Scientists from The Ohio State University Wexner Medical Center and Ohio State’s College of Engineering have published a paper in Nature Nanotechnology describing a new device they call the “Tissue Nanotransfection”, which is capable of inducing the growth of a desired cell type inside the patient’s own body.
The scientists say their device could repair injured tissue or restore function of aging tissue, including organs, blood vessels and nerve cells.
Tissue Nanotransfection is able to deliver DNA or RNA into target cells to reprogram them without the need for a viral vector.
“It takes just a fraction of a second. You simply touch the chip to the wounded area, then remove it,” said Dr. Chandan Sen, director of Ohio State’s Center for Regenerative Medicine & Cell Based Therapies.
“By using our novel nanochip technology, injured or compromised organs can be replaced. We have shown that skin is a fertile land where we can grow the elements of any organ that is declining,”
Mice and pigs were used in in the study. The scientists were able to reprogram skin cells to become vascular cells inside the animals injured legs that lacked blood flow. Functioning blood vessels formed in the first week in the injured legs, and by the second week, the leg was saved.
In other tests, the scientists were able to show that their device could be used to reprogram skin cells in the live body into nerve cells that were then injected into the brains of suffering from strokes.
“This is difficult to imagine, but it is achievable, successfully working about 98 percent of the time. With this technology, we can convert skin cells into elements of any organ with just one touch. This process only takes less than a second and is non-invasive, and then you’re off. The chip does not stay with you, and the reprogramming of the cell starts. Our technology keeps the cells in the body under immune surveillance, so immune suppression is not necessary,” said Sen, who also is executive director of Ohio State’s Comprehensive Wound Center.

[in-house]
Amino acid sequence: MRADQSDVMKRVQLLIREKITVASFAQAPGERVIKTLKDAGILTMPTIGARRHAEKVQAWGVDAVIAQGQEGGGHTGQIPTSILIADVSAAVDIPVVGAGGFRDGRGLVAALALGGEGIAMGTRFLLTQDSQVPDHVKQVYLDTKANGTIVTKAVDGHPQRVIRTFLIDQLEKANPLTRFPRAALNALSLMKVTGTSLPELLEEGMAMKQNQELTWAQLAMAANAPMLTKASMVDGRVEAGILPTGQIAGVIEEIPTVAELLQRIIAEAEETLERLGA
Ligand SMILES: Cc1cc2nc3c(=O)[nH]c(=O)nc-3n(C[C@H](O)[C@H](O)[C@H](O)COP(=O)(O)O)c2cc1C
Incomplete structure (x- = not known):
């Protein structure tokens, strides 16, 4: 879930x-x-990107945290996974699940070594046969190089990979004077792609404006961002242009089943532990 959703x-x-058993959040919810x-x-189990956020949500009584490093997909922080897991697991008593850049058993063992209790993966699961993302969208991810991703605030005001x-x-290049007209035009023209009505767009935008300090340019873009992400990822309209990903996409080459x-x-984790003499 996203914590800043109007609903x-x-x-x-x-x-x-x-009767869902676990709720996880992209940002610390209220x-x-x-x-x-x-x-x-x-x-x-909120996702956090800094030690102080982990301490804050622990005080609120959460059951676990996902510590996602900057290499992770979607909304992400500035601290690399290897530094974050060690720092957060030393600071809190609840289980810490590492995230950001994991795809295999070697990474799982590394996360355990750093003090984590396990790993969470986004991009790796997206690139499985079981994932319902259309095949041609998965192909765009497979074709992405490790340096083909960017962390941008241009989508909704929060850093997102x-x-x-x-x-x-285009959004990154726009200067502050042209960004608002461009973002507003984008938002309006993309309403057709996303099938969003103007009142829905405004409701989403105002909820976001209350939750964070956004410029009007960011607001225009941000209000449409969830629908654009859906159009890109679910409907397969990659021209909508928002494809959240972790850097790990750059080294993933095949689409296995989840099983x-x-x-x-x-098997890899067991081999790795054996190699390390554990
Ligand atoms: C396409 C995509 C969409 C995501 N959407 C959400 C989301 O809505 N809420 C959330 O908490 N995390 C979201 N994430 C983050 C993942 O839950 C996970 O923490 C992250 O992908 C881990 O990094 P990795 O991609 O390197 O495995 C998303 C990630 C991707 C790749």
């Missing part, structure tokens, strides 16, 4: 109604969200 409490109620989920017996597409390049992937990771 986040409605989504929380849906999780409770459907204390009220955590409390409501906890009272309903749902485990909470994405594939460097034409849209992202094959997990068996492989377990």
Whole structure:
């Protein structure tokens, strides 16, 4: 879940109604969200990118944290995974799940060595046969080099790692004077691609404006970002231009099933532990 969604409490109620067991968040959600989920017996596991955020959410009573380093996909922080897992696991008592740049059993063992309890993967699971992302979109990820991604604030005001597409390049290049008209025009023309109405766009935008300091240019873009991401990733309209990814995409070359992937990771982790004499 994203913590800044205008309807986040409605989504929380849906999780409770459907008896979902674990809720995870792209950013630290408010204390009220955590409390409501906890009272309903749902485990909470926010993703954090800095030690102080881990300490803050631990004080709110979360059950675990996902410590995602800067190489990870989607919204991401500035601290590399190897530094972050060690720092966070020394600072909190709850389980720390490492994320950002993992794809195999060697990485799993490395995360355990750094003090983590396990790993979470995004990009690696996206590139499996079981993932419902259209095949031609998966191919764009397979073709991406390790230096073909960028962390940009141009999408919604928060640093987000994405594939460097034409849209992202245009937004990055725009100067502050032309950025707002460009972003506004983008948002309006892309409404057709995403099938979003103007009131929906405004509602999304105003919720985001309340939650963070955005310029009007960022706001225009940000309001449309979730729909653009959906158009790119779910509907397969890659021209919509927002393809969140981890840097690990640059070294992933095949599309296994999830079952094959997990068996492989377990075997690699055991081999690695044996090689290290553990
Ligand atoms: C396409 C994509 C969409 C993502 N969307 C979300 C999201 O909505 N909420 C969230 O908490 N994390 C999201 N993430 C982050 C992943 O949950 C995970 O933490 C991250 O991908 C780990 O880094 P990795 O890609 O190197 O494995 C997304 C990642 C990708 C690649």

Tissue Nanotransfection has two main elements: One is a nanotech chip that is able to transport cargo to target cells inside the patient. The second is specially designed biological cargo that carries out the cell reprogramming.
When the specially designed biological cargo is delivered using the nanotech chip it reprograms an adult cell in to the desired cell for therapy, such as a vascular cell or nerve cell.
Tissue Nanotransfection can be used directly at the bedside of a patient without the need for laboratory procedures. Tissue Nanotransfection is also non-invasive as the cargo is delivered by activating the device with a small electrical charge that can barely be felt.
“The concept is very simple,” Lee said. “As a matter of fact, we were even surprised how it worked so well. In my lab, we have ongoing research trying to understand the mechanism and do even better. So, this is the beginning, more to come.”
The team plans to being clinical trails in humans next year.